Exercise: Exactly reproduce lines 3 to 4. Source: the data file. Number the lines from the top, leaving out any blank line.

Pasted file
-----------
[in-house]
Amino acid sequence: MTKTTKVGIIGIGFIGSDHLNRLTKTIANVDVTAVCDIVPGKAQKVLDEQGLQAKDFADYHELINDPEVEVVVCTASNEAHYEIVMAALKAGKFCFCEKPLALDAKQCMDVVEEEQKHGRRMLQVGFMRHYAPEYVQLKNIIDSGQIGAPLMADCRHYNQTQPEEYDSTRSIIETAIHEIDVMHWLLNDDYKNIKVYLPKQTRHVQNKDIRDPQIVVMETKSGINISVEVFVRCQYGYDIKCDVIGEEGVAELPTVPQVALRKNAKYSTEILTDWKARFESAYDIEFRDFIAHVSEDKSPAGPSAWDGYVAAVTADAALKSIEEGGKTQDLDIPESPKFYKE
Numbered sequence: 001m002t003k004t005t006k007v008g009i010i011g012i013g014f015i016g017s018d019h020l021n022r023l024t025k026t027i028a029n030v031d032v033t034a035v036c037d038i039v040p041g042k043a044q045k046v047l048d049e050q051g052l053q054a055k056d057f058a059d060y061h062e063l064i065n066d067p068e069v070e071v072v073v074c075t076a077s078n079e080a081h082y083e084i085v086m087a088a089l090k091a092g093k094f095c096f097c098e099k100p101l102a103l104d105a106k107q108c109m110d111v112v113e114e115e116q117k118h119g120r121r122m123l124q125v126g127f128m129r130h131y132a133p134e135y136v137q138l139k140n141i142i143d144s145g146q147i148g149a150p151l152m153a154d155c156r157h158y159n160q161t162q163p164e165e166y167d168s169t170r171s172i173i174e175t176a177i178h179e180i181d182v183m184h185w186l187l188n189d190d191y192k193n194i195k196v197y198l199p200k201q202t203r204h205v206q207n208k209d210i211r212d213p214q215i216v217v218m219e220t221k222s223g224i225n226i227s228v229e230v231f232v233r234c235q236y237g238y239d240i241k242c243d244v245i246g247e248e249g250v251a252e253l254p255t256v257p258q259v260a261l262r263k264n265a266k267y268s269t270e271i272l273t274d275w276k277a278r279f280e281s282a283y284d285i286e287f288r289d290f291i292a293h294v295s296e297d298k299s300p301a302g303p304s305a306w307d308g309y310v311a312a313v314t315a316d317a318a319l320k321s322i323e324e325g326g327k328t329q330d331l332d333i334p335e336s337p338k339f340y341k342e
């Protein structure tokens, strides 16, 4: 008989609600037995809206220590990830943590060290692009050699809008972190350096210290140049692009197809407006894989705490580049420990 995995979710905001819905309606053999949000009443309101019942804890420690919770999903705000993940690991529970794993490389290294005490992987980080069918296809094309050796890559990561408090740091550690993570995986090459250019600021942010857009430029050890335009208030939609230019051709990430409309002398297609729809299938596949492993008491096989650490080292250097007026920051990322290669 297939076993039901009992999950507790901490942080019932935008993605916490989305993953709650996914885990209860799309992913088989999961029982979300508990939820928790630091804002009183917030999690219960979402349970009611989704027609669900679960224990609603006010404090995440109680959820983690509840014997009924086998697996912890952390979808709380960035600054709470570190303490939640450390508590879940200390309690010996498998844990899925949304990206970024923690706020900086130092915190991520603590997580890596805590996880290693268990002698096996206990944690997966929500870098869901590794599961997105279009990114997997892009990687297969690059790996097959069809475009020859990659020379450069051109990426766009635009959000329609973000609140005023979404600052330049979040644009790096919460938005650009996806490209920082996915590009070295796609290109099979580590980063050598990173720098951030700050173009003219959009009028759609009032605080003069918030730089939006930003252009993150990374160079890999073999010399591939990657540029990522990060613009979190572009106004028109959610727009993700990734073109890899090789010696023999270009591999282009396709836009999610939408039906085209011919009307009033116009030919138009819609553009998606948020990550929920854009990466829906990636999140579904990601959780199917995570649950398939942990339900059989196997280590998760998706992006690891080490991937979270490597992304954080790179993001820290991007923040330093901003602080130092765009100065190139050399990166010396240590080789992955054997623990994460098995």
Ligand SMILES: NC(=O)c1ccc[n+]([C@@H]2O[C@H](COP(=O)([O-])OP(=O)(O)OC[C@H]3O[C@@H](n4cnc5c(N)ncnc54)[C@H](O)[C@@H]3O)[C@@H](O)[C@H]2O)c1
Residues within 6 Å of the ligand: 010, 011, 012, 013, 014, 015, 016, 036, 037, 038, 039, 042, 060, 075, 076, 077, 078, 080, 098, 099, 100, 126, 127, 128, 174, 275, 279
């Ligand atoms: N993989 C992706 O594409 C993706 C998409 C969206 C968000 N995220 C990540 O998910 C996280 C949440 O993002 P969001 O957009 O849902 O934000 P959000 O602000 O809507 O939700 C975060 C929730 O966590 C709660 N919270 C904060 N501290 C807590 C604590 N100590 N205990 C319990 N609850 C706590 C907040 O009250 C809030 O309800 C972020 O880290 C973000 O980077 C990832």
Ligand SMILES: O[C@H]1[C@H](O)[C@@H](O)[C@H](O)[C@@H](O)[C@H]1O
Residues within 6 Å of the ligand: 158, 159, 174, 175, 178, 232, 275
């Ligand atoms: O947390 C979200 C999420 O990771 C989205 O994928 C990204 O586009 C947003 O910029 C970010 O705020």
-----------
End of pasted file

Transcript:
Numbered sequence: 001m002t003k004t005t006k007v008g009i010i011g012i013g014f015i016g017s018d019h020l021n022r023l024t025k026t027i028a029n030v031d032v033t034a035v036c037d038i039v040p041g042k043a044q045k046v047l048d049e050q051g052l053q054a055k056d057f058a059d060y061h062e063l064i065n066d067p068e069v070e071v072v073v074c075t076a077s078n079e080a081h082y083e084i085v086m087a088a089l090k091a092g093k094f095c096f097c098e099k100p101l102a103l104d105a106k107q108c109m110d111v112v113e114e115e116q117k118h119g120r121r122m123l124q125v126g127f128m129r130h131y132a133p134e135y136v137q138l139k140n141i142i143d144s145g146q147i148g149a150p151l152m153a154d155c156r157h158y159n160q161t162q163p164e165e166y167d168s169t170r171s172i173i174e175t176a177i178h179e180i181d182v183m184h185w186l187l188n189d190d191y192k193n194i195k196v197y198l199p200k201q202t203r204h205v206q207n208k209d210i211r212d213p214q215i216v217v218m219e220t221k222s223g224i225n226i227s228v229e230v231f232v233r234c235q236y237g238y239d240i241k242c243d244v245i246g247e248e249g250v251a252e253l254p255t256v257p258q259v260a261l262r263k264n265a266k267y268s269t270e271i272l273t274d275w276k277a278r279f280e281s282a283y284d285i286e287f288r289d290f291i292a293h294v295s296e297d298k299s300p301a302g303p304s305a306w307d308g309y310v311a312a313v314t315a316d317a318a319l320k321s322i323e324e325g326g327k328t329q330d331l332d333i334p335e336s337p338k339f340y341k342e
């Protein structure tokens, strides 16, 4: 008989609600037995809206220590990830943590060290692009050699809008972190350096210290140049692009197809407006894989705490580049420990 995995979710905001819905309606053999949000009443309101019942804890420690919770999903705000993940690991529970794993490389290294005490992987980080069918296809094309050796890559990561408090740091550690993570995986090459250019600021942010857009430029050890335009208030939609230019051709990430409309002398297609729809299938596949492993008491096989650490080292250097007026920051990322290669 297939076993039901009992999950507790901490942080019932935008993605916490989305993953709650996914885990209860799309992913088989999961029982979300508990939820928790630091804002009183917030999690219960979402349970009611989704027609669900679960224990609603006010404090995440109680959820983690509840014997009924086998697996912890952390979808709380960035600054709470570190303490939640450390508590879940200390309690010996498998844990899925949304990206970024923690706020900086130092915190991520603590997580890596805590996880290693268990002698096996206990944690997966929500870098869901590794599961997105279009990114997997892009990687297969690059790996097959069809475009020859990659020379450069051109990426766009635009959000329609973000609140005023979404600052330049979040644009790096919460938005650009996806490209920082996915590009070295796609290109099979580590980063050598990173720098951030700050173009003219959009009028759609009032605080003069918030730089939006930003252009993150990374160079890999073999010399591939990657540029990522990060613009979190572009106004028109959610727009993700990734073109890899090789010696023999270009591999282009396709836009999610939408039906085209011919009307009033116009030919138009819609553009998606948020990550929920854009990466829906990636999140579904990601959780199917995570649950398939942990339900059989196997280590998760998706992006690891080490991937979270490597992304954080790179993001820290991007923040330093901003602080130092765009100065190139050399990166010396240590080789992955054997623990994460098995």